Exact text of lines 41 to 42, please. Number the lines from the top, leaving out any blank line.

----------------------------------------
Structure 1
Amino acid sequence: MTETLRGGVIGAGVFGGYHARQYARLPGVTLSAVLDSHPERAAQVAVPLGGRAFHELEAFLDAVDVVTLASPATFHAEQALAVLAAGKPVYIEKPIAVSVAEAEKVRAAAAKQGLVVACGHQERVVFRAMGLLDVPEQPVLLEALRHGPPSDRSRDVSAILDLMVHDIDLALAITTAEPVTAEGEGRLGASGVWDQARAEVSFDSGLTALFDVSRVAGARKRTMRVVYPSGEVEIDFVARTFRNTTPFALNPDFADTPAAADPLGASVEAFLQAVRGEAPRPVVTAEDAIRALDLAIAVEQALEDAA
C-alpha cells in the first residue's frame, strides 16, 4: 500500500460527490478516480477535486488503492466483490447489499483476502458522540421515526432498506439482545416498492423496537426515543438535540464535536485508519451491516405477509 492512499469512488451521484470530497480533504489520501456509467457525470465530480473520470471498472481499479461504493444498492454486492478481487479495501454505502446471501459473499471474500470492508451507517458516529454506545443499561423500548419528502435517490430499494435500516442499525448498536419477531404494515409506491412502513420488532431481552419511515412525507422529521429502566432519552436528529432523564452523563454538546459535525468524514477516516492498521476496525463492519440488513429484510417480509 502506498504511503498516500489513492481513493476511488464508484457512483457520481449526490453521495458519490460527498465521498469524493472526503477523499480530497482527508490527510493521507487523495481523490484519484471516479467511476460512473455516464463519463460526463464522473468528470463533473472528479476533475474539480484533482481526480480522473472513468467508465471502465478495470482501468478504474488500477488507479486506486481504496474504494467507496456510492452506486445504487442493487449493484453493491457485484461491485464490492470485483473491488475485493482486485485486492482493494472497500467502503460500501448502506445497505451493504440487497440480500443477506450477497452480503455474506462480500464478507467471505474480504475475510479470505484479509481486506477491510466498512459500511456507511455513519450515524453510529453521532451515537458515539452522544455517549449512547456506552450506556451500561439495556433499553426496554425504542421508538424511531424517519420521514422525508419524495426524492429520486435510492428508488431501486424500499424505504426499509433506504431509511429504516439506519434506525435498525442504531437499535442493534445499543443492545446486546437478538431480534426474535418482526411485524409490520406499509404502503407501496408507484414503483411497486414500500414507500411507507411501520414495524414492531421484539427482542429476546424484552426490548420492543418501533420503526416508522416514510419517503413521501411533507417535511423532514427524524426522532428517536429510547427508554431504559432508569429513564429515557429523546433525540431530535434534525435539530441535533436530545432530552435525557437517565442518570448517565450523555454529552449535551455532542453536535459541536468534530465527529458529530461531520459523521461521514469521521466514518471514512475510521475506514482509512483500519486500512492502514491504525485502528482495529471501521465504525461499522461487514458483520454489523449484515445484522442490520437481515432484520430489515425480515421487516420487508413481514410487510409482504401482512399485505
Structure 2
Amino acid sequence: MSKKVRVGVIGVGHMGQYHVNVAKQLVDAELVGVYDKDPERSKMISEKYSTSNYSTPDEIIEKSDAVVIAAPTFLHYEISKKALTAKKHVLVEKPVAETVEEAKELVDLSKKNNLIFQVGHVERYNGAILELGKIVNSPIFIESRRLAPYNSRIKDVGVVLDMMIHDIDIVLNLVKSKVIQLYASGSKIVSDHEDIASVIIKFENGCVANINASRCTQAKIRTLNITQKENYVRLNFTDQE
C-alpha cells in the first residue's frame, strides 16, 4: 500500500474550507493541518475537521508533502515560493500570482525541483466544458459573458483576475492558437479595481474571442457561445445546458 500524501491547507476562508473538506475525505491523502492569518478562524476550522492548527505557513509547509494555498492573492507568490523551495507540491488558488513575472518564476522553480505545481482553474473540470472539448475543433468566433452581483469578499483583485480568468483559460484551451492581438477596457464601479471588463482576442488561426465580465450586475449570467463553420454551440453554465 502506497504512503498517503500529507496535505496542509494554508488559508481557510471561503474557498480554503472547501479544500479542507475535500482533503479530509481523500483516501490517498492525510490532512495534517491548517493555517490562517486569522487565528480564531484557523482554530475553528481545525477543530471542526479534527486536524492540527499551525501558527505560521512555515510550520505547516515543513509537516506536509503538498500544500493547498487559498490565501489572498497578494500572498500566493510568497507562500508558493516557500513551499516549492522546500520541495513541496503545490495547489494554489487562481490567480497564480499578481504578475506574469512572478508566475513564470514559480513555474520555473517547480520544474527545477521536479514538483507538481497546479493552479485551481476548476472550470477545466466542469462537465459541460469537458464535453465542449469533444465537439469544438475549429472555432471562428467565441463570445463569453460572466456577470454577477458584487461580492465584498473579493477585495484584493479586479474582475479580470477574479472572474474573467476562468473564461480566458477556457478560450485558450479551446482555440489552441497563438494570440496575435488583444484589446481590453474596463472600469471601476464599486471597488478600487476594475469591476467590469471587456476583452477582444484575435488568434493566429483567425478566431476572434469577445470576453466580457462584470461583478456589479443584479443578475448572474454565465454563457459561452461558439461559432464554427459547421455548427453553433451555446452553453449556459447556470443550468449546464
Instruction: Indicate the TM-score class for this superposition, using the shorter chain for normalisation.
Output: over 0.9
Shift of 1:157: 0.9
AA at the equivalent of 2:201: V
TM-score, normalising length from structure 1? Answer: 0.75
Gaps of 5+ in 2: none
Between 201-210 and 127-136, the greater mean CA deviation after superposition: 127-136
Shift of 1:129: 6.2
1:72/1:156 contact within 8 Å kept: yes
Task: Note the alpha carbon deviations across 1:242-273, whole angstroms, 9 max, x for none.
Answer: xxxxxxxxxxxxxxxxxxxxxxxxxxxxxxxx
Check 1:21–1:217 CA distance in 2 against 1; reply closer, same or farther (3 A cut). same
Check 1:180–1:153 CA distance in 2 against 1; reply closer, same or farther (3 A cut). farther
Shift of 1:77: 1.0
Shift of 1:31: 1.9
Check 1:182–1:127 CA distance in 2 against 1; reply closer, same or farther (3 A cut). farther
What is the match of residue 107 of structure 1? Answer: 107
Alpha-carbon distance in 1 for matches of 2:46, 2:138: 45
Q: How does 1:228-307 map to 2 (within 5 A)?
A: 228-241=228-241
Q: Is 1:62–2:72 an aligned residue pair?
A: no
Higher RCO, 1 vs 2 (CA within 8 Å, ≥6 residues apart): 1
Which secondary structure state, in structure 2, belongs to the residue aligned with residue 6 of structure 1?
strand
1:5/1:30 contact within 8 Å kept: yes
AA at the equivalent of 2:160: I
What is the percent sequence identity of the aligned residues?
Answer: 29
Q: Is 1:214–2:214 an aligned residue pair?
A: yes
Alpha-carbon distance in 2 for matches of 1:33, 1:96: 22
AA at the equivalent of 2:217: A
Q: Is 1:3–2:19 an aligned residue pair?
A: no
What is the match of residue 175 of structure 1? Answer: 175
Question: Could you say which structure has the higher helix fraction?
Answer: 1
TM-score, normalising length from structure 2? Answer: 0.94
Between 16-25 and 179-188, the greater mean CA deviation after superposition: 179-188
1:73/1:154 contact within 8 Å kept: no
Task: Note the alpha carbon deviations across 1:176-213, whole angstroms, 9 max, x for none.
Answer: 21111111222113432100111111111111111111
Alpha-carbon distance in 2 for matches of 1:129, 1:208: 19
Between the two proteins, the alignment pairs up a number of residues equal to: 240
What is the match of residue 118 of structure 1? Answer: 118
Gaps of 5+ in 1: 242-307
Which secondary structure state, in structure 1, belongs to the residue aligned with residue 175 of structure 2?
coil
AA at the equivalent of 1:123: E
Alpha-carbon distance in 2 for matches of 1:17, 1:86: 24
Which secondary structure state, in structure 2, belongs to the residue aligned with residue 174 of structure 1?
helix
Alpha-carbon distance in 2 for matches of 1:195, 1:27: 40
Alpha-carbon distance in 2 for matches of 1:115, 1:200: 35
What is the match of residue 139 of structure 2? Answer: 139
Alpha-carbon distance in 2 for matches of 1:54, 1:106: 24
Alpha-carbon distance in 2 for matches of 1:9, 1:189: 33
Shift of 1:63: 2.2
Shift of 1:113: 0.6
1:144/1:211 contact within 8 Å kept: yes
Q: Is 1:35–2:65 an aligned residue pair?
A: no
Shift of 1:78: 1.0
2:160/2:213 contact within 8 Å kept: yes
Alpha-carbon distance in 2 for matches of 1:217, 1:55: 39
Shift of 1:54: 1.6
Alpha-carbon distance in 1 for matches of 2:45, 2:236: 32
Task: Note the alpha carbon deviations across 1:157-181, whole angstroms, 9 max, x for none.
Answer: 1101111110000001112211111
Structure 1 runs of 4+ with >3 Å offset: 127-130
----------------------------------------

A: no
What is the match of residue 175 of structure 1? Answer: 175